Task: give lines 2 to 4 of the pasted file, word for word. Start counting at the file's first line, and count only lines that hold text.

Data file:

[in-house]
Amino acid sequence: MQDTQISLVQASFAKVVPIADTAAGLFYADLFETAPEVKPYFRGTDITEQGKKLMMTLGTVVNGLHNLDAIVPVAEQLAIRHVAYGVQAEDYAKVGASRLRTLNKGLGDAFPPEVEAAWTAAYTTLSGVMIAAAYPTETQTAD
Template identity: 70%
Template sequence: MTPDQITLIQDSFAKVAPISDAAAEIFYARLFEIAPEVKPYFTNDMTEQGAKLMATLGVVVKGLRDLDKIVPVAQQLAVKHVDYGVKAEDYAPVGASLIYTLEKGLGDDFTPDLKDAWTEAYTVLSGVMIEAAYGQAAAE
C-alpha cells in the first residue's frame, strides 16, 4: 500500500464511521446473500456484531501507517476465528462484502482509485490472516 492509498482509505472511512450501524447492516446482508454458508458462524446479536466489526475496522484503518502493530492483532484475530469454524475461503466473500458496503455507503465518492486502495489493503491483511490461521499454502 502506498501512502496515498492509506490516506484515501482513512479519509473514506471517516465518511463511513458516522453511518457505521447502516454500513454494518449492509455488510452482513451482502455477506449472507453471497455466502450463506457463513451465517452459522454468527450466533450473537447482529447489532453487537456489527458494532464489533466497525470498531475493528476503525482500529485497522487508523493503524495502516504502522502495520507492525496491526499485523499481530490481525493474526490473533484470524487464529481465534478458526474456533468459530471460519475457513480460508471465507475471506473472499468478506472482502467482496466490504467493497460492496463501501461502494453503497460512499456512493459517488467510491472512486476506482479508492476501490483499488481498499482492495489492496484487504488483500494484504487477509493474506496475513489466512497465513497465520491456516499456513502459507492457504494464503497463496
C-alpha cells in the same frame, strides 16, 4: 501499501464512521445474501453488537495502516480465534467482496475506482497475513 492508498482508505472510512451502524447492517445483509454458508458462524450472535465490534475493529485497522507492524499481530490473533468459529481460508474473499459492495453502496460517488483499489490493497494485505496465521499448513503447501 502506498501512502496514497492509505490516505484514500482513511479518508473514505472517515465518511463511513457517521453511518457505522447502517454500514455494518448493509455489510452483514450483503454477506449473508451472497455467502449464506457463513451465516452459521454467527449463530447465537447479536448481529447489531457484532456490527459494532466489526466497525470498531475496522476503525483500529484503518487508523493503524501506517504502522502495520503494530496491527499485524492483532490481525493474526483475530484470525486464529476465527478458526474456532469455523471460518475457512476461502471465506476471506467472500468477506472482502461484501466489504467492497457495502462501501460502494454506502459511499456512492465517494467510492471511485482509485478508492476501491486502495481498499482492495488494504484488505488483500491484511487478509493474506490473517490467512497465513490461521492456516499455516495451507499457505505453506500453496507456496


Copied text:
Amino acid sequence: MQDTQISLVQASFAKVVPIADTAAGLFYADLFETAPEVKPYFRGTDITEQGKKLMMTLGTVVNGLHNLDAIVPVAEQLAIRHVAYGVQAEDYAKVGASRLRTLNKGLGDAFPPEVEAAWTAAYTTLSGVMIAAAYPTETQTAD
Template identity: 70%
Template sequence: MTPDQITLIQDSFAKVAPISDAAAEIFYARLFEIAPEVKPYFTNDMTEQGAKLMATLGVVVKGLRDLDKIVPVAQQLAVKHVDYGVKAEDYAPVGASLIYTLEKGLGDDFTPDLKDAWTEAYTVLSGVMIEAAYGQAAAE